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Bank of Japan & US Fed Preview: No change of tack with all eyes on 'Tariff Man'

Publication Date: 18 Jun 2019 - By ReachX Team By ReachX T.

Macro FX & Rates Multi Asset USA China Asia ex-China


Bank of Japan (BoJ) will not change tack at its next monetary policy meeting on 19-20 June, and crucial decisions on future direction will not be taken before the G20 meeting in Osaka on 28-29 June, where US President Donald Trump’s stance on global trade tussles is expected to be revealed, according to a leading city strategist.

In a note to clients, Katsunori Kitakura, lead strategist at Sumitomo Mitsui Trust Asset Management (SMTAM), says although the US-China trade dispute has strengthened the yen and stocks have fallen, this will not be enough to force additional easing by the BoJ. 

“The Japanese central bank has limited room for manoeuvre. It will maintain its current accommodative monetary policy and keep rates very low until at least the spring of 2020 by changing the forward guidance rate, a key policy rate.”

Kitakura noted the main topics of discussion at the June meeting will be on the global economic slowdown and the risk that it poses to the Japanese domestic economy. 

The BoJ, like most central banks, is troubled by the US-China trade war and where it will lead to. The focus will be on the aftermath of the G20 meeting in Osaka (28-29 June) because President Trump - ‘Tariff Man’ - has stated that he will make a final decision on additional tariffs on Chinese products after the meeting.”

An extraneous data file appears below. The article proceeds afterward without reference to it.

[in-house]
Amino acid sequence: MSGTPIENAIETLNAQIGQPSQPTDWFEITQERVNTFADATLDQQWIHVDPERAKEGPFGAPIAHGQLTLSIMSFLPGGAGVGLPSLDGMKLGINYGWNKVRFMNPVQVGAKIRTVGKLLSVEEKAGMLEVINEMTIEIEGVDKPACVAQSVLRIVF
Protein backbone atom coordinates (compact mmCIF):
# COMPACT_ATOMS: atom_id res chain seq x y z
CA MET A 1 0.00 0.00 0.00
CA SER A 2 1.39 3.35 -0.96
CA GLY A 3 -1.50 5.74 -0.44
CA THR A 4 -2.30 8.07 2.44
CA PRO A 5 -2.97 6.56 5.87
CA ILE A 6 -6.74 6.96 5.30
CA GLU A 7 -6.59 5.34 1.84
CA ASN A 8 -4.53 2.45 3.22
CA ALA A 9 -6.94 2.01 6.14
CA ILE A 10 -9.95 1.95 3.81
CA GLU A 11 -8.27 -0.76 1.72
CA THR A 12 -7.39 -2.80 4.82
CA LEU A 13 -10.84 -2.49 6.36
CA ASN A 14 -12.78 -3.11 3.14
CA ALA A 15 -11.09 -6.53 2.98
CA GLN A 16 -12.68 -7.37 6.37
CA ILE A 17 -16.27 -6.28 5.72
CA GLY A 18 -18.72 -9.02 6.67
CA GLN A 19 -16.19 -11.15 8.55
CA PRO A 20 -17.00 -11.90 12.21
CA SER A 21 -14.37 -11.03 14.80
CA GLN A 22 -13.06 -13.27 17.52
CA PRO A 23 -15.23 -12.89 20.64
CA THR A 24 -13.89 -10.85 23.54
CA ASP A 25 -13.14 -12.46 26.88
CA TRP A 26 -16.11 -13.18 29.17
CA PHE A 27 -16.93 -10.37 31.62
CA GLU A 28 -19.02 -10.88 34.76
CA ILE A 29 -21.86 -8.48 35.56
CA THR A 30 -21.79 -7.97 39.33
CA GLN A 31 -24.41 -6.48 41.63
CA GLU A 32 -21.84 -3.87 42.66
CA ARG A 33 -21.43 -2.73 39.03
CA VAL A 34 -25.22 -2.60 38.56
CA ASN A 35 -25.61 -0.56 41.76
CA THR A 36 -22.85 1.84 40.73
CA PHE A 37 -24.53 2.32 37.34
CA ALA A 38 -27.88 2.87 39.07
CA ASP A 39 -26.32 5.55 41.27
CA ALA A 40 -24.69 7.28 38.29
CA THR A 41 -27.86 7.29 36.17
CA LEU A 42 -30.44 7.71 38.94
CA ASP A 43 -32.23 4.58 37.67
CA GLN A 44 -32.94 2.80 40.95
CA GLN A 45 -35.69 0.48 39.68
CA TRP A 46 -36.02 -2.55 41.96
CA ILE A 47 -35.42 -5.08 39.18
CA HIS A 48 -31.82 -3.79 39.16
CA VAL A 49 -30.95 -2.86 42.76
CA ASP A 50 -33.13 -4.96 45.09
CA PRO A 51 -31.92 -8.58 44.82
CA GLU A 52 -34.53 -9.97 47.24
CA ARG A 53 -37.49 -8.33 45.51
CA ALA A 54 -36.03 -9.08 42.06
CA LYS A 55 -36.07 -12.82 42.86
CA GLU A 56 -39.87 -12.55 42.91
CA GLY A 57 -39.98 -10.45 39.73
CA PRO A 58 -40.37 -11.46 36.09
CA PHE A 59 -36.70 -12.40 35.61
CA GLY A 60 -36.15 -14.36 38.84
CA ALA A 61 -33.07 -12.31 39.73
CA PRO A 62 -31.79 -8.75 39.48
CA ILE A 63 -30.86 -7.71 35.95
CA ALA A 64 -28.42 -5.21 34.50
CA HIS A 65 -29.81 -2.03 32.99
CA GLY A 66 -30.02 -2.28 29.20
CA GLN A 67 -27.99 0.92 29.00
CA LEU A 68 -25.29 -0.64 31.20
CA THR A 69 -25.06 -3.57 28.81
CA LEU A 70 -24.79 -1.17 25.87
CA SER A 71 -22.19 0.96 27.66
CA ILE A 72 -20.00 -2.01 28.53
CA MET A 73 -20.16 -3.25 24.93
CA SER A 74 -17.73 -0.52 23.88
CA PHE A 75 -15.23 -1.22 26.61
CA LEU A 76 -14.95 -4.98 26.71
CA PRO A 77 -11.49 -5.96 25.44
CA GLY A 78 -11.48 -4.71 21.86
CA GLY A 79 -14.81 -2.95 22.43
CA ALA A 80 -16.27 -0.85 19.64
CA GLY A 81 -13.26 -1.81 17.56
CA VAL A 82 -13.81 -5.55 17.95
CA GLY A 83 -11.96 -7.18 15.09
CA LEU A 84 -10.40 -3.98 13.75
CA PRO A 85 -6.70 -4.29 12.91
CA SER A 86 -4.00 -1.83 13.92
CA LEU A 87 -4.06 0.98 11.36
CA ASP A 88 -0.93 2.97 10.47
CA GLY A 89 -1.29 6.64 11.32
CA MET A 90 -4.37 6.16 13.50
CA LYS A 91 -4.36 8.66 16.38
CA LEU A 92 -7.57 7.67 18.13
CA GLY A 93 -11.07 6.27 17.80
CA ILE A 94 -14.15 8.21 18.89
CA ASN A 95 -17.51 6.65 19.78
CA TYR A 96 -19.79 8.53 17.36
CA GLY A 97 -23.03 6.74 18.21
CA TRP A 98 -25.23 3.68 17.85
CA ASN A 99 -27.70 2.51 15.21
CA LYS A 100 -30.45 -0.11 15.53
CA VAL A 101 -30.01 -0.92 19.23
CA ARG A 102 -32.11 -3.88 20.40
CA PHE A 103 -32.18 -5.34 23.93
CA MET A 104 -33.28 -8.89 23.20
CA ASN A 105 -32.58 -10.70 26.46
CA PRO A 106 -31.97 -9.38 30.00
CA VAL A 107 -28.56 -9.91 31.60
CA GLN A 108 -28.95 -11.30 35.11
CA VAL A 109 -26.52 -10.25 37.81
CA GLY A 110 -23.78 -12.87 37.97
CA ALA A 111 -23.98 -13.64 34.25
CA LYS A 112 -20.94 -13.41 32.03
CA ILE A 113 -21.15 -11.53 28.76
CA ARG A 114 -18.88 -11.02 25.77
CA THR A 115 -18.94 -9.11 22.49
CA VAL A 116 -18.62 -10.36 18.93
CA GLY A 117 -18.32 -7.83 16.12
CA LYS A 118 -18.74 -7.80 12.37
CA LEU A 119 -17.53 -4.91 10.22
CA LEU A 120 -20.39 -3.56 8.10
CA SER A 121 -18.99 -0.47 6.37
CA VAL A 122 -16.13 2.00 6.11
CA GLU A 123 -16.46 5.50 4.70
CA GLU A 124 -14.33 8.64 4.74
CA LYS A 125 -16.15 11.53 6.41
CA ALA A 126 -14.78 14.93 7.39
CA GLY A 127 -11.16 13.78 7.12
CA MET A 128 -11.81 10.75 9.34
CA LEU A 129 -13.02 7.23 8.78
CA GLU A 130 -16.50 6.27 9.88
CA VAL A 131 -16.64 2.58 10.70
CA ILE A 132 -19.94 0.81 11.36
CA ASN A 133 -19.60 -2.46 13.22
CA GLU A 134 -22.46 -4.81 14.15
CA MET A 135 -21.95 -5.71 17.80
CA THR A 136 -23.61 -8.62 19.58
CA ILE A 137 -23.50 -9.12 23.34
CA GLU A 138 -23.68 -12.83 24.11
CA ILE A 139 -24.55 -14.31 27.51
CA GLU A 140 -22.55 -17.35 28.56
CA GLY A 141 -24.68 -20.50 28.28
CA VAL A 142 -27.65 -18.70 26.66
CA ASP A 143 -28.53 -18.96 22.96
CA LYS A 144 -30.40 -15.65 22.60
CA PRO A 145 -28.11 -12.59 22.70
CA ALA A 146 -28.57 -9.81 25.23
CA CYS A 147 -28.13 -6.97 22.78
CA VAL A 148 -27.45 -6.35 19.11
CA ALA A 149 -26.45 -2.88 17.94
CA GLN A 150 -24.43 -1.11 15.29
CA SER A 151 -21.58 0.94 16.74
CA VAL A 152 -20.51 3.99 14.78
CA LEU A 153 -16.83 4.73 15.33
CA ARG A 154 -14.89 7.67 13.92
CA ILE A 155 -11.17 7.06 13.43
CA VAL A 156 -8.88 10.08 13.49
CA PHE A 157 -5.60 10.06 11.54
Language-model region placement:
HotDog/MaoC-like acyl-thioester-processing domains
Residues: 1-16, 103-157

At this point the US Federal Reserve may carry out a rate cut which could impact the yen and Japanese exports.

The next Federal Open Market Committee (FOMC) meeting will coincide with the BoJ monetary policy meeting on 19-20 June. 

“However, it will likely not announce accommodative measures then. The US central bank may suggest stopping scaling back its vast portfolio of bonds (i.e. shrinking the balance sheet as result of QE) or may move the date forward. It may also hint at the possibility of a rate cut post July. The Fed’s stance should become clearer after the G20 but uncertainty will persist until the trade dispute is resolved. Only then will the BoJ be likely to follow suit and look at revising its policy,” Kitakura concluded. 


I have no positions in any of the securities referenced in the contribution

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To the best of my knowledge, the views expressed in this contribution comply with UK law

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This contribution is for informational purpose and does not constitute investment advice nor is it an offer to sell or buy, nor is it a recommendation for any security.

ReachX T.


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